from The American Heritage® Dictionary of the English Language, 4th Edition

  • intransitive v. To shiver convulsively, as from fear or revulsion. See Synonyms at shake.
  • intransitive v. To vibrate; quiver: The airplane shuddered in the turbulence.
  • n. A convulsive shiver, as from fear or revulsion; a tremor.

from Wiktionary, Creative Commons Attribution/Share-Alike License

  • n. A shivering tremor.
  • n. A moment of almost pleasurable fear; a frisson.
  • v. To shake nervously, as if from fear.
  • v. To vibrate jerkily.

from the GNU version of the Collaborative International Dictionary of English

  • n. The act of shuddering, as with fear.
  • intransitive v. To tremble or shake with fear, horrer, or aversion; to shiver with cold; to quake.

from The Century Dictionary and Cyclopedia

  • To shake; quiver; vibrate.
  • Hence, in particular, to tremble with a sudden convulsive movement, as from horror, fright, aversion, cold, etc.; shiver; quake.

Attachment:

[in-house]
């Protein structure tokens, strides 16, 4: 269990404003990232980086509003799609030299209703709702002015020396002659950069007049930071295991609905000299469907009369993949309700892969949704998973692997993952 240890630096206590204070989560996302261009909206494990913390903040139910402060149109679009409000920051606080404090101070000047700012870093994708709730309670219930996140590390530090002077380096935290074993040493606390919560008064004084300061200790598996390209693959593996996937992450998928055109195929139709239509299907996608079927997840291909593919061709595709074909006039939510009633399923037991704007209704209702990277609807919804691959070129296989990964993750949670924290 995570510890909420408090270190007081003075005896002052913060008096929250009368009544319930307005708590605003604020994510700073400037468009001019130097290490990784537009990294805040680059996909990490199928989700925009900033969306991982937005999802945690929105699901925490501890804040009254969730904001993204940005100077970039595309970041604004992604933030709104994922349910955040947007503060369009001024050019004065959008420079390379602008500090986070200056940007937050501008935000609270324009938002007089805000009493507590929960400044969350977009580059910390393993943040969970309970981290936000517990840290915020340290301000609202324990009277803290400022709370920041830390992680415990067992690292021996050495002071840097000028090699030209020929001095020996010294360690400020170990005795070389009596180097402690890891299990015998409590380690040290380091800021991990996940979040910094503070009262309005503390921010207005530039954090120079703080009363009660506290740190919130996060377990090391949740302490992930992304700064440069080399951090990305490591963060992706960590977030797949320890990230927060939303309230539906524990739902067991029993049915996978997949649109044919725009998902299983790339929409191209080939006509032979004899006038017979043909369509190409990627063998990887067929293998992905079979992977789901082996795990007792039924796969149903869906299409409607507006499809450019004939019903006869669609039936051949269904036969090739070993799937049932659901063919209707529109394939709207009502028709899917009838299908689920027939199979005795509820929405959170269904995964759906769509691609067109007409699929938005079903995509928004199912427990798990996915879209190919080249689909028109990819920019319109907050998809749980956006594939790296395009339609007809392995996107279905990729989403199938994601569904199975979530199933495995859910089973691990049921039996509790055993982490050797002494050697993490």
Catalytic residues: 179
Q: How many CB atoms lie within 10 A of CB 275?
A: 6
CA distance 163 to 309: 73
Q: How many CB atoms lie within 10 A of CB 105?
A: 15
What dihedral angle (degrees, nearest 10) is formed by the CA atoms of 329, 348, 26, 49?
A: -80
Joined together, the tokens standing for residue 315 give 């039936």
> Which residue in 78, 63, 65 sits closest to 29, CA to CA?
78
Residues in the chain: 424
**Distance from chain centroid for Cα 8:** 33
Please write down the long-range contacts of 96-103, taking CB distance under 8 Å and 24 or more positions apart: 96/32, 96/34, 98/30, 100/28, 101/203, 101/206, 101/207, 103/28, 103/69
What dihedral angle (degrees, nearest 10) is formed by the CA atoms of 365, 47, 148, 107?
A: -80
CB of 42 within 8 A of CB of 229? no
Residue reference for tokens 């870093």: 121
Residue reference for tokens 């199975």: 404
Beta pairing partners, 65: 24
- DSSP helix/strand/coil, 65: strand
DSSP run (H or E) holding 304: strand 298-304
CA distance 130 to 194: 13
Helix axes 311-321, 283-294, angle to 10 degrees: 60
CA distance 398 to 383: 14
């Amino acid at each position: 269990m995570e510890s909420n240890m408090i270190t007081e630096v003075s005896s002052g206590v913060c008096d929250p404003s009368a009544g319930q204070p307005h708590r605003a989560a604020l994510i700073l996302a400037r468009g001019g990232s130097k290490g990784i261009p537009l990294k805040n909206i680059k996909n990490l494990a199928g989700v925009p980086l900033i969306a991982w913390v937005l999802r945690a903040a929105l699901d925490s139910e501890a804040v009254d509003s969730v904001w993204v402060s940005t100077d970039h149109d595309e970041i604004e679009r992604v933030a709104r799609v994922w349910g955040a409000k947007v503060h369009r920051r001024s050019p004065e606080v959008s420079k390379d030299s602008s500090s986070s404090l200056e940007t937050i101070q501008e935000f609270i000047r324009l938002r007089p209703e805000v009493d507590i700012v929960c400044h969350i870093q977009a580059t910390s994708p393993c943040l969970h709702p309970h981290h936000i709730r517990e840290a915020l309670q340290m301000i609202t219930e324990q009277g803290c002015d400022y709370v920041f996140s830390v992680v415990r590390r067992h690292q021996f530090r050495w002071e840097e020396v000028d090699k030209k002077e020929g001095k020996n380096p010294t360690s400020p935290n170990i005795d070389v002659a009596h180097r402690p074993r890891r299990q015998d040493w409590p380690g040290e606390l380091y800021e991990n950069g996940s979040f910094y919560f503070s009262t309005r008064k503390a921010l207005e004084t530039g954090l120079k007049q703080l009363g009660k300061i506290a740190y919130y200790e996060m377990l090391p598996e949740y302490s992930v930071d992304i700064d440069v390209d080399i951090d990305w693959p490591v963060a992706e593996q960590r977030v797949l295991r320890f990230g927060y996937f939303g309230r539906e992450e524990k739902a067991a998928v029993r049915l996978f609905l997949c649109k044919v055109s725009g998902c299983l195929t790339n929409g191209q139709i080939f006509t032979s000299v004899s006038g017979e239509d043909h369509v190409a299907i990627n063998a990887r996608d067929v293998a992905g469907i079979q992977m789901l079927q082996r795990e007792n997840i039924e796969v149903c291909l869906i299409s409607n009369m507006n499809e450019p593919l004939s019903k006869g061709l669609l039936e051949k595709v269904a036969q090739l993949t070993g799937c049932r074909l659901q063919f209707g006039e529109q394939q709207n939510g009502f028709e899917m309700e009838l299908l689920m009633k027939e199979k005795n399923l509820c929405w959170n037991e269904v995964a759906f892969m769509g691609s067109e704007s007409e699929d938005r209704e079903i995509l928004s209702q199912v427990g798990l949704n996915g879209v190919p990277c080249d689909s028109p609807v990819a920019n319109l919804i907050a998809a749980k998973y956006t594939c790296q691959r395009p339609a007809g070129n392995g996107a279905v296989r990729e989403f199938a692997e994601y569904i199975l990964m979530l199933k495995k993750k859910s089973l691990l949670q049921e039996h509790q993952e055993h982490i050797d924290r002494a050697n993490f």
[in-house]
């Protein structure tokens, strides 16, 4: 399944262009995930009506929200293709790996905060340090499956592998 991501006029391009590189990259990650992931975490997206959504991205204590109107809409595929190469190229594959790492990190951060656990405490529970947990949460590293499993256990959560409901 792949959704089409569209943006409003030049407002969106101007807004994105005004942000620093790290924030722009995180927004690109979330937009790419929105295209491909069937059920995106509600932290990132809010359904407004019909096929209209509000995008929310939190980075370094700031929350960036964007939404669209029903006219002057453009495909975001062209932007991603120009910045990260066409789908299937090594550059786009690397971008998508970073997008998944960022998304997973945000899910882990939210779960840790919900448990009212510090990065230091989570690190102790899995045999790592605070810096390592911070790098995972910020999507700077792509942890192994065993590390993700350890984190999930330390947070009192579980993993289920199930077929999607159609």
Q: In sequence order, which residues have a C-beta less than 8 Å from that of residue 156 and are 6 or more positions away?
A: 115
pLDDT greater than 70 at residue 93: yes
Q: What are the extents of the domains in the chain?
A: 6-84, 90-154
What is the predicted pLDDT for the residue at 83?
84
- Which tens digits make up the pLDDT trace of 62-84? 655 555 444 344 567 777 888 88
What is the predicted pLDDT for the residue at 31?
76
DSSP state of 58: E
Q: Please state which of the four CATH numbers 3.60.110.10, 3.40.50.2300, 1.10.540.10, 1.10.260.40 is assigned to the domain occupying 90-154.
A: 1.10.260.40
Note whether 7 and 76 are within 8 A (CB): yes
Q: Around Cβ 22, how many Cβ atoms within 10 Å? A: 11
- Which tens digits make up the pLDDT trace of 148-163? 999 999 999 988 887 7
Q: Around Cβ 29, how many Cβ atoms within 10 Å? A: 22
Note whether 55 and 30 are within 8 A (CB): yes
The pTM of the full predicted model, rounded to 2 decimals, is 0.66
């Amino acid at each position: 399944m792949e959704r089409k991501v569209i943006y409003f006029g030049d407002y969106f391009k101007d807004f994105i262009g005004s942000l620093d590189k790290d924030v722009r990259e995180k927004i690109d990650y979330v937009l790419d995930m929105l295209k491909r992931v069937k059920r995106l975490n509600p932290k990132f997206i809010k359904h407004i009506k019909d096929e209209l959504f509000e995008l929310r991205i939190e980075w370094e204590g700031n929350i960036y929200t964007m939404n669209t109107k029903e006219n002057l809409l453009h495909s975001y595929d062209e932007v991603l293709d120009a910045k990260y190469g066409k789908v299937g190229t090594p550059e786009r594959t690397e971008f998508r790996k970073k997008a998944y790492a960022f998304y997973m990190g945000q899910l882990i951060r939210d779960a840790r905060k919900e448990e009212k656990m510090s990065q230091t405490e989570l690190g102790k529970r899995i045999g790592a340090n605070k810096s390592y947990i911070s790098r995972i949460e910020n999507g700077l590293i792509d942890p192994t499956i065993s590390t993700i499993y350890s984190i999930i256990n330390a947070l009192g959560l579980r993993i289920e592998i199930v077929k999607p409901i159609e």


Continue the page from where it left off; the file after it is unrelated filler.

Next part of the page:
• To have a tremulous or quivering appearance, as if from horror.
  • Synonyms Quake, etc. See shiver.
  • n. A tremulous motion; a quiver; a vibration.
  • n. Specifically, a quick involuntary tremor or quiver of the body, as from fear, disgust, horror, or cold; a convulsive shiver.

from WordNet 3.0 Copyright 2006 by Princeton University. All rights reserved.

  • n. an almost pleasurable sensation of fright
  • v. tremble convulsively, as from fear or excitement
  • v. shake, as from cold
  • n. an involuntary vibration (as if from illness or fear)


Middle English shodderen, perhaps of Middle Dutch or Middle Low German origin.
(American Heritage® Dictionary of the English Language, Fourth Edition)
Either from Middle Dutch schudderen or from Middle Low German schoderen (whence also Danish skudre). Cognate with Dutch schudden and German schaudern. (Wiktionary)



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